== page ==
72 people found this helpful

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  • Than
  • 09-06-2021

Definitely Worth It

I read the book "The Secret Voyage of Sir Francis Drake" a couple years ago and worried that getting another book about it might just rehash all of the same story, but this book didn't. Both books definitely cover different parts of the same story which was good. Laurence Bergreen had also written Over the Edge of the World about Magellan's voyage which I had liked. This book talks more about the events leading up to the Drake voyage and post voyage history than 'The Secret Voyage' book did. I definitely recommend both books though if you're a fan of history. If you enjoy Age of Discovery/First Contact books you'll enjoy this story.

51 people found this helpful

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  • Stephen
  • 31-03-2021

In Search of a Kingdom

*In Search of a Kingdom* is a great introduction, and adventure story, of a defining figure of the 16th century often told only in pieces in other books. There are so many English explorers and pirates - Thomas Cavendish, Walter Raleigh, William Dampier - it's easy to become confused, but Drake was the first to become famous, he would inspire and influence all one who came after. He is probably most famous as the first English captain to sail around the world and return alive - Ferdinand Magellan was killed on his journey and his crew returned barely alive, whereas Drake came home with a healthy crew and ship in polished condition. He was also something of a colorful personality and natural leader who even his enemies admired; he sometimes captured a ship and set the captives free with a bit of the loot as a gift; he usually dined on ship with musicians serenading his meal. Still, despite being so privileged to have seen the world, it's geography, native cultures, flora and fauna, he returned home largely unchanged as a person. His influence as such is a secondary consequence of his actions - contrast with William Dampier a century later, whose writings and outlook changed the way the world sees.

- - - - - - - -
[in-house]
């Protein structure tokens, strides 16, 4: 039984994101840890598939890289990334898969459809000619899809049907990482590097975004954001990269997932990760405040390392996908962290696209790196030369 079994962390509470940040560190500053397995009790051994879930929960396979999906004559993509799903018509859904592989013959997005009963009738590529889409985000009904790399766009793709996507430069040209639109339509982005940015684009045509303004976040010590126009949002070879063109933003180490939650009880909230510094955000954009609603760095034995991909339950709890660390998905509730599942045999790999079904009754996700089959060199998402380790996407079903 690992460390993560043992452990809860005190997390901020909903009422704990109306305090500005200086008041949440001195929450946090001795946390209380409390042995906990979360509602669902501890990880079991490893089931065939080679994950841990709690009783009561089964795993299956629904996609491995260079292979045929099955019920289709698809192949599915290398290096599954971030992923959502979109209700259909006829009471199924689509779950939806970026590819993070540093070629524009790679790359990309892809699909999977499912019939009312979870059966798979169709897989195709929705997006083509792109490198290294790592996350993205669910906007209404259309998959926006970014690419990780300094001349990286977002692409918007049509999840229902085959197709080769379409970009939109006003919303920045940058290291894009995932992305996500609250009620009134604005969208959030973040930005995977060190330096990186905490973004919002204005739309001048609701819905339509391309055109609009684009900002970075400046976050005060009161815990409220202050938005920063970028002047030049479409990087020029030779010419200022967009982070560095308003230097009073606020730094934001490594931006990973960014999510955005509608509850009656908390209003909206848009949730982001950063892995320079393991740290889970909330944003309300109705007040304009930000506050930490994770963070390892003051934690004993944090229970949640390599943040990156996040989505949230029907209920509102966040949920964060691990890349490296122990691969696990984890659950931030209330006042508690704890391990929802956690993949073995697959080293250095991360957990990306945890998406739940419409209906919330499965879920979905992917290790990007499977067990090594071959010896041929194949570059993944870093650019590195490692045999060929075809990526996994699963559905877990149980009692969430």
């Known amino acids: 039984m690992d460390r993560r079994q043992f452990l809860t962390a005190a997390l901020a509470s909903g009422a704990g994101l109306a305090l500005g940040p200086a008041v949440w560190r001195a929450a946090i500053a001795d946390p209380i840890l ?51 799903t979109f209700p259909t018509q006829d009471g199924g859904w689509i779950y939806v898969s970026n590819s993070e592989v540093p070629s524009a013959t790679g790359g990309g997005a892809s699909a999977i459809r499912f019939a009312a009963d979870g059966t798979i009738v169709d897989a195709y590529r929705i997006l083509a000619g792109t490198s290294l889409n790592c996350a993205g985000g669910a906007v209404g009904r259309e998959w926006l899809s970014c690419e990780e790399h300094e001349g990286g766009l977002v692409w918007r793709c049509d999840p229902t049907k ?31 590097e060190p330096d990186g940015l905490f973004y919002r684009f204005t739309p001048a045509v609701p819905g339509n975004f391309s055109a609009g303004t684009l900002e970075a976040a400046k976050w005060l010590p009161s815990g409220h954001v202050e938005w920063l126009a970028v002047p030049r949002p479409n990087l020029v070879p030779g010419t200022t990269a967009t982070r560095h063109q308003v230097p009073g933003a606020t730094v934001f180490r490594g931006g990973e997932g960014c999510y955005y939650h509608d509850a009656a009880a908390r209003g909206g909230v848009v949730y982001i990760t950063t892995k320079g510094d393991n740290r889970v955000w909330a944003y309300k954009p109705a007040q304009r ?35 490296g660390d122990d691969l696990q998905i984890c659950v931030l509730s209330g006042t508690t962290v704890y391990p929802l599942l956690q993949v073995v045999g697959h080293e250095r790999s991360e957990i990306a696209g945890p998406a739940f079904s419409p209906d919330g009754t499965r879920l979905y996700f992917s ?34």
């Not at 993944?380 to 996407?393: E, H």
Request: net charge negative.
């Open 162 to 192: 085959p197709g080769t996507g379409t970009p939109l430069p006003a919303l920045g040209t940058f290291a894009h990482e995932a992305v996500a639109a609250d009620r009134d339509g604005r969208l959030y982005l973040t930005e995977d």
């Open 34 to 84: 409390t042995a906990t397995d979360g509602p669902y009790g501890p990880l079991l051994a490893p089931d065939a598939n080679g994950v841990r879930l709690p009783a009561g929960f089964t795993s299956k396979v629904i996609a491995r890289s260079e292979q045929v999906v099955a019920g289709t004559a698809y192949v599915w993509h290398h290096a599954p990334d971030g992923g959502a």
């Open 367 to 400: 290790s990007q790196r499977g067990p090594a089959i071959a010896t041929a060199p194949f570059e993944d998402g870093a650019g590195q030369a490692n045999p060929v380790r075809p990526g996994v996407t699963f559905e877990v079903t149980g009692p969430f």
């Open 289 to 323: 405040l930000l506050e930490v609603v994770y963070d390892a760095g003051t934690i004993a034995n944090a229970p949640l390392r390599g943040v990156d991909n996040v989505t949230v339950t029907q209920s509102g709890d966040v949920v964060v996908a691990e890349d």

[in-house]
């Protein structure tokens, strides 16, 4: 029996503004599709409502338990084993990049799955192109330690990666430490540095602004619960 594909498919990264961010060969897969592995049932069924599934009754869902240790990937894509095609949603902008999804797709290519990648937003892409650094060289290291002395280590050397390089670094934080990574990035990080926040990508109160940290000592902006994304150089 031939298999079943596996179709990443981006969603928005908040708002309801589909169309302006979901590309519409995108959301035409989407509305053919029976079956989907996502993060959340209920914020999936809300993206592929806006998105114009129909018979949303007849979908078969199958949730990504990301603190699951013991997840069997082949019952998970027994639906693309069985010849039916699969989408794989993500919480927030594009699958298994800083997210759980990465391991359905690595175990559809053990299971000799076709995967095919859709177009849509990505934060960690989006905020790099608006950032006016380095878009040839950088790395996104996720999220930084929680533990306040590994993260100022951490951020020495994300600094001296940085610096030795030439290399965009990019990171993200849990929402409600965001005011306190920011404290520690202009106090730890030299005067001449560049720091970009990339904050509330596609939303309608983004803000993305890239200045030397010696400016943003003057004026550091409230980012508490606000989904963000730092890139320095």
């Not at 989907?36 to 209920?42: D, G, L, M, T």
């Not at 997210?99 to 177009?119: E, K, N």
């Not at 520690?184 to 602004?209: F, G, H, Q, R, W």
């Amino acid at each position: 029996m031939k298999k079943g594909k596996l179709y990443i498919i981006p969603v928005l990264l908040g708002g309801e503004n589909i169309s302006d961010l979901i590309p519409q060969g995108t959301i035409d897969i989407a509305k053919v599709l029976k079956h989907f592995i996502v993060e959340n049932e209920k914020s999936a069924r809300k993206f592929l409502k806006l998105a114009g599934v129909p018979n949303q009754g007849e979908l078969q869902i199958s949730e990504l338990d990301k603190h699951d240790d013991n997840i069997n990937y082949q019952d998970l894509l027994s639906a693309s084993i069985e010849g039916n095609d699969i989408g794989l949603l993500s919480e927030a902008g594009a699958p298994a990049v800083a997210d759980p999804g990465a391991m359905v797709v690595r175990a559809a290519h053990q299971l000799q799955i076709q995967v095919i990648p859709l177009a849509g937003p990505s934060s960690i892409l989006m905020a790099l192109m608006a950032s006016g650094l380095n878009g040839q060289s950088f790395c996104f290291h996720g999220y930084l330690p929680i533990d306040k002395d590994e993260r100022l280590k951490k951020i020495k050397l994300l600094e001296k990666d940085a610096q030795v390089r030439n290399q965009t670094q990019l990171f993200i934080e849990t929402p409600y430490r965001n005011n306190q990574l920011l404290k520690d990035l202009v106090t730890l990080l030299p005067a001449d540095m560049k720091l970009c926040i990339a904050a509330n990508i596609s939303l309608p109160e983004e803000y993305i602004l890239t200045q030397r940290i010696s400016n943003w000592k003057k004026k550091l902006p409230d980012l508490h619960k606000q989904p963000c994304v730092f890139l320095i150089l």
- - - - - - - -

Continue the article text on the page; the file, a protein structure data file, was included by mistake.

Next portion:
Bergreen's theme, as the sub-title, is that Drake was the beginning of the British Empire. This idea is not original, nor dwelled upon, but it is valid. England under Elizabeth was an indebted secondary kingdom without much of a navy in a world dominated by wealthy and powerful Spain. But the Spanish Empire had an Achilles heel - it needed to ship treasure, which made it vulnerable to attack. Drake was not the first of Elizabeth's "Sea Dogs" (privateers) but was the most successful, bringing home enough loot to pay off England's debt and more besides. This wild success spawned more piracy, and solidified the idea that England could be a maritime power with colonies of its own. It's an old theme that when glorified as the Victorians did is tone deaf these days, but important to understand the context of how colonialism began - inter-state competition over global resources and culture. Bergreen does not glorify, maybe to a fault one has to bring a sense of awe and wonder, but he is a reliable narrator of events.